Germany: The Green Party Flaunts Its Pro-NATO, Atlanticist Views

There are a number of scenarios now circulating in Germany as to what the next federal government will look like if the Green Party effectively wins the chancellorship. In addition a possible coalition with the CDU-CSU, the option of a tripartite coalition with the SPD and the Left (Linke) is also being discussed, but given the pro-NATO views of chancellor candidate Annalena Baerbock, that seems quite unlikely at this point.

Robert Habeck, the co-chairman with Baerbock of the Green party, said on May 7 that any such coalition would require the Linke to prove its commitment to NATO. And the party’s foreign policy spokesman Cem Özdemir told the Frankfurter Allgemeine daily of May 12 that the Linke party would have to clarify its position on dictatorships: if it continued to see Putin as a “nice neighbor”, it could not be considered a potential coalition partner. A measuring rod for the Greens, according to Özdemir, is the issue of Nord Stream 2 and the role of Vladimir Putin and other “authoritarian rulers”. He stated clearly that “We are in the tradition of German foreign policy as far as the ties to the West are concerned”,

A similar line came from Joschka Fischer, former German Foreign Minister from 1998 to 2005 and a staunch atlanticist. He told the private television station ntv that such a coalition is not “a serious option”. The Linke “is split between the West and romantic dreams about Russia and Putin… The same is true for their position on Israel, this is not negotiable.“ The latter referred to the pro-Palestinian views of the leftist party.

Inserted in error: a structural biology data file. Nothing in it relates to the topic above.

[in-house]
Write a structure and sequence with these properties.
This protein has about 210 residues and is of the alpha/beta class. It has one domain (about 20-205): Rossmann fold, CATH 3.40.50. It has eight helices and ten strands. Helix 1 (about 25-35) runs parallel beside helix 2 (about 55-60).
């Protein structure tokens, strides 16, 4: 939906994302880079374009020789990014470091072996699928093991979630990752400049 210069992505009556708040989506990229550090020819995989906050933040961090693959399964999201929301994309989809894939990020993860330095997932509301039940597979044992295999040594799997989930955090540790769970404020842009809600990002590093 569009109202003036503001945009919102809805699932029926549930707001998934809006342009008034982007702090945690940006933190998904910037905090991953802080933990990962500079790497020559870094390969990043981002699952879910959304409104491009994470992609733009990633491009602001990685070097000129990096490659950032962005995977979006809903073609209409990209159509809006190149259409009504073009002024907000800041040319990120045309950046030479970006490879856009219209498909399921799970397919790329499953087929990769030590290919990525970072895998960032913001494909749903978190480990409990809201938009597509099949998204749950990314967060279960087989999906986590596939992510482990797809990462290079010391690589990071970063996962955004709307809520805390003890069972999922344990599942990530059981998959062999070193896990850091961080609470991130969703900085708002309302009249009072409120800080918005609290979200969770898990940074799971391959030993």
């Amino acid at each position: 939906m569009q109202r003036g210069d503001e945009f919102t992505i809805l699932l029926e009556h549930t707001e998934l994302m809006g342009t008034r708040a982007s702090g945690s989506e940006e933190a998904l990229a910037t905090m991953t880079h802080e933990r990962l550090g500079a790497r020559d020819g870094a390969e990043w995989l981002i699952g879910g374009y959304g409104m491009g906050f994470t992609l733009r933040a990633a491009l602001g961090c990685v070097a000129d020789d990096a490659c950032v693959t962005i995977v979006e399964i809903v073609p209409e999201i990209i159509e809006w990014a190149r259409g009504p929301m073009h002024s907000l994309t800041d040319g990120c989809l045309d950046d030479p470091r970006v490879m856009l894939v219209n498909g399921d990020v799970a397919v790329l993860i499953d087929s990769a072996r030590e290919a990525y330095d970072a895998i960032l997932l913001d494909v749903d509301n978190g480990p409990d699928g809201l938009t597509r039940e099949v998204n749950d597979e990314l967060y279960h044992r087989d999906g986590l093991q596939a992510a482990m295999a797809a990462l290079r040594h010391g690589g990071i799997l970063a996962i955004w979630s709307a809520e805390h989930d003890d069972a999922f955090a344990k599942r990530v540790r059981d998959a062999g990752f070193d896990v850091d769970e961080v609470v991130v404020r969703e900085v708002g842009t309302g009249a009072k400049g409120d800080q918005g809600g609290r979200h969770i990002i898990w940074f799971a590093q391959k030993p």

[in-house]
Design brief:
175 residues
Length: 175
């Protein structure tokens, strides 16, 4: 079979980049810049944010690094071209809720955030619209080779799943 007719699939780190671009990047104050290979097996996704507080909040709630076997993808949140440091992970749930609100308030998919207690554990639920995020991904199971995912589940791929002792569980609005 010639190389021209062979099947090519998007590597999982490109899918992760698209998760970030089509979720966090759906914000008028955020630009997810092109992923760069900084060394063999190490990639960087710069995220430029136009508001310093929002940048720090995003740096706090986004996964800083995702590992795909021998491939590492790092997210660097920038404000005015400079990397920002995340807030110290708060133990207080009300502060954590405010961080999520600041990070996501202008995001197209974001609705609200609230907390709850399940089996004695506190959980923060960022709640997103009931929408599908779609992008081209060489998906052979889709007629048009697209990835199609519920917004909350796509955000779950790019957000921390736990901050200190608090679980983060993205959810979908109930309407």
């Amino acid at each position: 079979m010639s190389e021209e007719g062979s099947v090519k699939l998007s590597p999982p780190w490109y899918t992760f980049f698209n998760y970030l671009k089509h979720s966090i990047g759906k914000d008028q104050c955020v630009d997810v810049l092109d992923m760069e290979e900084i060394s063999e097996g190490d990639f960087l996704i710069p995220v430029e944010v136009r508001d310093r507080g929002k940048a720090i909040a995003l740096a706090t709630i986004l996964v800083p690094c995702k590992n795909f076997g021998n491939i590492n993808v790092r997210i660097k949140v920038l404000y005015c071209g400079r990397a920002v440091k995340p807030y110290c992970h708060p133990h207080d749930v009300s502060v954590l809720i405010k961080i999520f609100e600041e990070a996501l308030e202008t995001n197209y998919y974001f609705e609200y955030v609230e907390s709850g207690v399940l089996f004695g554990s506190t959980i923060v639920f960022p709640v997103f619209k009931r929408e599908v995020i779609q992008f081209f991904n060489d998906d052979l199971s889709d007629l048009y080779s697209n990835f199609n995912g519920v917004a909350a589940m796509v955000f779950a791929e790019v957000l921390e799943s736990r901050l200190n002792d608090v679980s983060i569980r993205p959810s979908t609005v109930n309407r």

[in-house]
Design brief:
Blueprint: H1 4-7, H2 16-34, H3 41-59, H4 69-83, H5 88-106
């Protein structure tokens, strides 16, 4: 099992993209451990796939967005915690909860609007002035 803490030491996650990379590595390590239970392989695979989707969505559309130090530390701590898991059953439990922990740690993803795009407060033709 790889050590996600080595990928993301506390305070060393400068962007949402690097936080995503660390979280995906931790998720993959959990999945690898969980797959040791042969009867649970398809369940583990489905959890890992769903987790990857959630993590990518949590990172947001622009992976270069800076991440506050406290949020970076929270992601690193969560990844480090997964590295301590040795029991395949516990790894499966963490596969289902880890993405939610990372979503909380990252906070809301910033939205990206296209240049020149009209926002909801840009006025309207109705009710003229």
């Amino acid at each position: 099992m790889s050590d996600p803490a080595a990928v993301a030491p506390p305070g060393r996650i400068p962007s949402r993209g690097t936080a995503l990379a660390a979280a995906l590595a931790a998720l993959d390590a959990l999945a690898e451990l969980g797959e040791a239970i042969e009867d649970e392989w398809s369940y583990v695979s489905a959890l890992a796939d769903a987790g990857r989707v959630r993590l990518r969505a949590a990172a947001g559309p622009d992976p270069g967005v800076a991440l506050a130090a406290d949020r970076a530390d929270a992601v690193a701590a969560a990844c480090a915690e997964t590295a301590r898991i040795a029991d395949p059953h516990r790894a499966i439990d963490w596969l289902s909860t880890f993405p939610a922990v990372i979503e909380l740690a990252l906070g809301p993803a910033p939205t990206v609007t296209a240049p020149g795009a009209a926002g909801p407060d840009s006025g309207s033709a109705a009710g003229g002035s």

In response to Habeck’s remarks, former Finance Minister Oskar Lafontaine (1998-1999), a senior Linke figure, shot back immediately in a Facebook posting: “The fact that the Greens, in the wake of the USA, advocate a course of confrontation with Russia and want to make wars contrary to international law possible without a UN mandate” disquali fied them from any coalition with the Linke, which clearly denounce such wars.

And Sahra Wagenkecht, former chairwoman of the Linke’s Bundestag group who is still influent in the left-wing, weighed in in an assessment for Focus on May 7, reminding voters that the last time the Greens were in the national government, from1998 to 2005, they supported German participation in wars in violation of international law (for instance against Serbia in 1999 and Afghanistan 2001). She particularly warned about Baerbock’s call to “increase the pressure on Russia” and impose harsher sanctions, pointing out that she also favors “robust European military interventions abroad,”, which covers up the fact “that hardly any of the western wars from Afghanistan and Iraq to Libya has made the world a better place.”

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